In Silas Marner, how is Dunstan's absence regarded?
To properly answer the question, let us first remember who is Dunstan and why his role in the story matters. Dunstan is the youngest son of the Cass clan, who are a powerful family in the town. They are business owners, and represent Raveloe "royalty". However, Dunstan is chaotic, destructive, and mean. He controls his brother Godfrey, fooled him in business, and has every bad quality that his father, self-made success Squire Cass, would have never dreamed for a son.
Dunstan is also the thief that discovers Silas's gold and, during a cold, Winter night, waited until Silas was gone and took it. He may have not even needed the gold that bad; he just wanted it because it was there for the taking, and because he is a thief.
The result of Dunstan's unstable personality reflects in his comings and goings from and to the city. Particularly, after the last row he had with his father over killing Wildfire the horse, there was no doubt that he may have left the town in shame. In chapter X we find that
Dunstan Cass's absence was hardly a subject of remark; he had once before had a quarrel with his father, and had gone off, nobody knew whither, to return at the end of six weeks, take up his old quarters unforbidden, and swagger as usual.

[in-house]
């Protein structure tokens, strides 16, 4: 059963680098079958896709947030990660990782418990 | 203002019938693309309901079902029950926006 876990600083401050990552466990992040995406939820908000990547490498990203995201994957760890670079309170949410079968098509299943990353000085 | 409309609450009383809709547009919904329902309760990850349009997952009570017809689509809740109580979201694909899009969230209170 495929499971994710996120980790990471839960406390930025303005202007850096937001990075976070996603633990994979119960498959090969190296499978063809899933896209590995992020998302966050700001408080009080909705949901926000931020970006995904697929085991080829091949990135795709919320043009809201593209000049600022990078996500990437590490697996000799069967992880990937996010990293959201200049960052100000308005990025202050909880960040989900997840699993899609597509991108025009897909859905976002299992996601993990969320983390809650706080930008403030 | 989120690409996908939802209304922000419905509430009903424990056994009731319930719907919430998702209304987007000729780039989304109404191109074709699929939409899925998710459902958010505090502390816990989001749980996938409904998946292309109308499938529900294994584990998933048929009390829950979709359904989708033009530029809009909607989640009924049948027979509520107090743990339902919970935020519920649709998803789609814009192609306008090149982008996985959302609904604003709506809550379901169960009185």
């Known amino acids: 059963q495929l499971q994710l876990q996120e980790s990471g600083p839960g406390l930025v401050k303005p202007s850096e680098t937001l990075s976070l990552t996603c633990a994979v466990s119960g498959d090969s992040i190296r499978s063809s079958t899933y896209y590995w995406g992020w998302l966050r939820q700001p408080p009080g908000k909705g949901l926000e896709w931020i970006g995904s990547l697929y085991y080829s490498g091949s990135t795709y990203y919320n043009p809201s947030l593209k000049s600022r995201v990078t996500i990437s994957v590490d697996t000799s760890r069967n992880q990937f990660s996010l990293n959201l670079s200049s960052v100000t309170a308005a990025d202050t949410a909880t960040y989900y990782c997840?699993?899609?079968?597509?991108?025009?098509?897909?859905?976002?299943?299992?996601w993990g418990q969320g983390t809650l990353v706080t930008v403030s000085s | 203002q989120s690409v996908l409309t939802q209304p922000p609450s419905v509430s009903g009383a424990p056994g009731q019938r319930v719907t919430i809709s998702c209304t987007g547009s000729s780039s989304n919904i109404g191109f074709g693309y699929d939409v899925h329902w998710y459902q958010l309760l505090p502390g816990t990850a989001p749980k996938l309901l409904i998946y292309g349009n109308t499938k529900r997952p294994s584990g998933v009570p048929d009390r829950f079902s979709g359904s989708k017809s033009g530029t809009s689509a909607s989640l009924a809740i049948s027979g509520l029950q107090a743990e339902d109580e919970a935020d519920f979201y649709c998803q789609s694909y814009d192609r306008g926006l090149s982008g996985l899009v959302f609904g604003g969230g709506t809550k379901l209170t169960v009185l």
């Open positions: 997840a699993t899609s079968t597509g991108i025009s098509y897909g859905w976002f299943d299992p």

Chapter 10 also tells us that even his own family seemed to not have noticed the extent of the absence, even when his Uncle Kimble and Mr. Osgood realized it. No one could make a connection between his disappearance and the robbery either, for whatever reason that the novel does not fully explain. However, it is clear that Godfrey too was unable to connect Dunstan to the robbery because Silas was merely a subject of joke between the brothers since they were children and, in all the time that he had been with Dunstan, Godfrey had never heard Dunstan mentioning Silas for any reason at all. Moreover, Godfrey had made so many alibis for his brother that his tendency was to imagine that he was somewhere out there and up to no good.